Definitions of a Blogger, Pt. 1

I have…a lot of feelings about this blog. It’s really important to me. I do my best to keep it updated and interesting… it’s become kind of a standard part of my life. I bring my laptop down to the roadhouse, where I can actually get a connection, and people say “Ahh, checking email?” and I say “No. I blog.”

Sometimes, I say things on this blog that seem…a little bit scary to be posting. Like, how honest am I really wanting to be, where *anyone* could see, for all of time?


then I remember:

I’m trying to write the blog that I wish I could’ve been reading.

I mean… that’s what we call things on the internet. They’re “communities”. People can come together from all over the world, they can learn from each other, they can read experiences that aren’t their own.

There are a lot of places where I’ve seen people edge around topics; just leave vague wording behind that can be taken in any number of ways. In-group writing, where the people who already know what it means *know* what it means.
I had a conversation with my wondertwin a while ago, about labels. I haven’t really stopped thinking about it.
I have a tendency to cling to labels. I like words that I can throw out, so I don’t have to explain things. I like these terms that I can pull close like security blankets. “There are enough people who feel like this that we have a name.” “This is my label, this is my group. These are my people, the ones that I belong to.”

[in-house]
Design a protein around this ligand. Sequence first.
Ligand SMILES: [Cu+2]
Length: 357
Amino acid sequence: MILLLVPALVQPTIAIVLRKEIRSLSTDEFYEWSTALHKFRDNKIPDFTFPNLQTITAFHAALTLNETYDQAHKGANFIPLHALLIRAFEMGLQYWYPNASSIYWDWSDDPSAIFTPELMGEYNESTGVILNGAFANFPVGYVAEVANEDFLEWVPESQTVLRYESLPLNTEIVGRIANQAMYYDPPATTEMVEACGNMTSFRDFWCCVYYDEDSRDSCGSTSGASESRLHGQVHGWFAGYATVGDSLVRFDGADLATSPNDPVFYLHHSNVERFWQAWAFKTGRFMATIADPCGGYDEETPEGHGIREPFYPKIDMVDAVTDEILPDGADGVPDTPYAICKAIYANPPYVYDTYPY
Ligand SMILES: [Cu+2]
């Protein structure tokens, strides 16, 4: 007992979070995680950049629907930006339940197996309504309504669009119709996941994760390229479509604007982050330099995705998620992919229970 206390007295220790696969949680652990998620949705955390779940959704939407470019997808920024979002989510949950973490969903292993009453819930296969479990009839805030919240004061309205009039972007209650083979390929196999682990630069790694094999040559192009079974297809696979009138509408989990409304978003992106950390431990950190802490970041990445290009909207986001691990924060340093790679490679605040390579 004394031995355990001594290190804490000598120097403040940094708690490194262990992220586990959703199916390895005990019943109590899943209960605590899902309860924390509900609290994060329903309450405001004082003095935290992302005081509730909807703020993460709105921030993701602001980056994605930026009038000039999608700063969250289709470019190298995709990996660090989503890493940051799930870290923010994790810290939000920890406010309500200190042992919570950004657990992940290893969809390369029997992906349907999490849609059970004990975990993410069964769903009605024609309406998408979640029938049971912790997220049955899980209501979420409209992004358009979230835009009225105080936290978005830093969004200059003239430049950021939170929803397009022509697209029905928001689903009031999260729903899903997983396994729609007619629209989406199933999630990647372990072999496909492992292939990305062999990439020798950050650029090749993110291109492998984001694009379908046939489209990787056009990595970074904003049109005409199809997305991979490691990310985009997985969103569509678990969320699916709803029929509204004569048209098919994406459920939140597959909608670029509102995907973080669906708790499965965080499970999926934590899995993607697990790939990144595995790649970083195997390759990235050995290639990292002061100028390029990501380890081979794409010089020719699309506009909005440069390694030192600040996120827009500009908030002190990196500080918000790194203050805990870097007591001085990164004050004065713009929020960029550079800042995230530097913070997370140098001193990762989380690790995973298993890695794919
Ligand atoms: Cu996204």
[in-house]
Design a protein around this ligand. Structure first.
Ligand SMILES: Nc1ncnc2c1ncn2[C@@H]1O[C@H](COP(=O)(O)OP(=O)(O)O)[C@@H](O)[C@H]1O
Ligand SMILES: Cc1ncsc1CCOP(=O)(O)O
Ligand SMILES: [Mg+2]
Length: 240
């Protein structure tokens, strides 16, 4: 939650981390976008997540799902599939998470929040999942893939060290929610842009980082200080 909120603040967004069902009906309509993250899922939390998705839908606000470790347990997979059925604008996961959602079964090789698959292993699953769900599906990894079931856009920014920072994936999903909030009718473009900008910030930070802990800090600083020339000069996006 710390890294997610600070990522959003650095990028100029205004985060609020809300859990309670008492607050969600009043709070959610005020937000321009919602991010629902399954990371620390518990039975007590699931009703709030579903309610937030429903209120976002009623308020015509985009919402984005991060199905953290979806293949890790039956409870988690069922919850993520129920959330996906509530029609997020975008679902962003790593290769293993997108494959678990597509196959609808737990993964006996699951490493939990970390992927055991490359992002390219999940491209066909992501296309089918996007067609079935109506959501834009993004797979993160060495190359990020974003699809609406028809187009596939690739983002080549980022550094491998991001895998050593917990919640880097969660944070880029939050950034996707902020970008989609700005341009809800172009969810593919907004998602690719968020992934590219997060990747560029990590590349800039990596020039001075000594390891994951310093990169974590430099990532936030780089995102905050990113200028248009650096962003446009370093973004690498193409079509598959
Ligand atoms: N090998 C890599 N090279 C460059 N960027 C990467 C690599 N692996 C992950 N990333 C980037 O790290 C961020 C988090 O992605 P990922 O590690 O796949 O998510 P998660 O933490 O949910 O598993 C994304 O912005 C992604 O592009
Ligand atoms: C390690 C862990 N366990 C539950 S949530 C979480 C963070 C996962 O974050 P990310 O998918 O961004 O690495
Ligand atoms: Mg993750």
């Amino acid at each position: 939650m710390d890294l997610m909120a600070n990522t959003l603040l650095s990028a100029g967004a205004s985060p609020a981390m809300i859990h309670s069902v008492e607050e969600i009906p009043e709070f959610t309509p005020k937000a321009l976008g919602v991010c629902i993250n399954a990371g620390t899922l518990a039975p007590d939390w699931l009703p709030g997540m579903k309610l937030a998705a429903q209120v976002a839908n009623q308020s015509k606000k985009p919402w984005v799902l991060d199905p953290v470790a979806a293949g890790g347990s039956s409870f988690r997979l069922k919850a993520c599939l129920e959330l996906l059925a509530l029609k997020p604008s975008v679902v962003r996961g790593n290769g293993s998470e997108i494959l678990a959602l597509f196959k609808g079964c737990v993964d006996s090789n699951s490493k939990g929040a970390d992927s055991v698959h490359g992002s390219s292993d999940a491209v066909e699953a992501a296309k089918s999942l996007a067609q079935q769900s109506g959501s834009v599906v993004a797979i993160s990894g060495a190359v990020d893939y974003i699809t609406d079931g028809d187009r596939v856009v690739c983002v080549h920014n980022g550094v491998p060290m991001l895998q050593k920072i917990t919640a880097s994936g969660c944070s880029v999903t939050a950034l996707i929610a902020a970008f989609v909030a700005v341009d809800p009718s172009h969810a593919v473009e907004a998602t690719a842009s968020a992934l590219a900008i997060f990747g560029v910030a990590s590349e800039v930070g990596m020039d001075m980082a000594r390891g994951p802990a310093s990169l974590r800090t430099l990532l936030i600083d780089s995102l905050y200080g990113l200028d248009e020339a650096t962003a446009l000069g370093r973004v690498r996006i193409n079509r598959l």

That’s all from my own life and my own perception of how life works and how to create safe spaces, meet good people and pursue happiness.
There’s not a right way to live. There’s only what works for you, as an individual.
Working at the Roadhouse, I get a question quite often, “What did you used to do?” I usually say “I blog”.
I don’t feel like I have an answer. Nothing I can say really feels like the truth.
I can say “I do this-and that.” or “I fix things”.
but that’s not what people are looking for. They’re looking for “I was a student” or “I’m a carpenter by trade” or “I worked in an office.”
I…don’t feel like I can say any of that.
I say “I’m a wanderer”. I say “I’m a bard.”
But that doesn’t mean the same thing to people. I don’t have a thing  that I can say that has any cultural shorthand behind it.
I’m mostly okay with it, but it’s a little weird.
I also don’t see it really changing any time soon.
In the meantime…. I blog.

Stupid Drunk Boys

I have… a rather intense way of dealing with unwanted drunken attention, which is to just…not accept it.

I’ll be sitting on a chair, and a guy will sit directly next to me, and I’ll just…push him off. Usually I make a simple declarative statement like “Nope.” or “I am sitting here.”

Sometimes they say things like “I’m so drunk and horny”, and, well, usually I’m behind the bar so I can’t actually say “That’s nice. There are trees outside that you can rub on. I promise to laugh when you come back with splinters.”

I can, however, ignore them with enthusiasm.


It is singularly effective.


(A side note about the psychology of this: this is a tactic often used in animal training, it’s really quite passive-aggressive but insanely efficient. It’s called the Least Reinforcing Syndrome. I don’t really recommend it if you ever want to be able to build an actual functioning relationship with a person, because I find that *communication* is how to create understanding which, in turn, leads to actually being able to have *future* interactions with a person, but I digress. For a night out? L.R.S., ladies. L.R.S.)

Crocodile Country

This morning, a guy got attacked by a crocodile.

This is actually the second time that this has happened since I’ve gotten here.

The last croc attack that happened didn’t end with “beer to numb the pain”, but the guy actually died.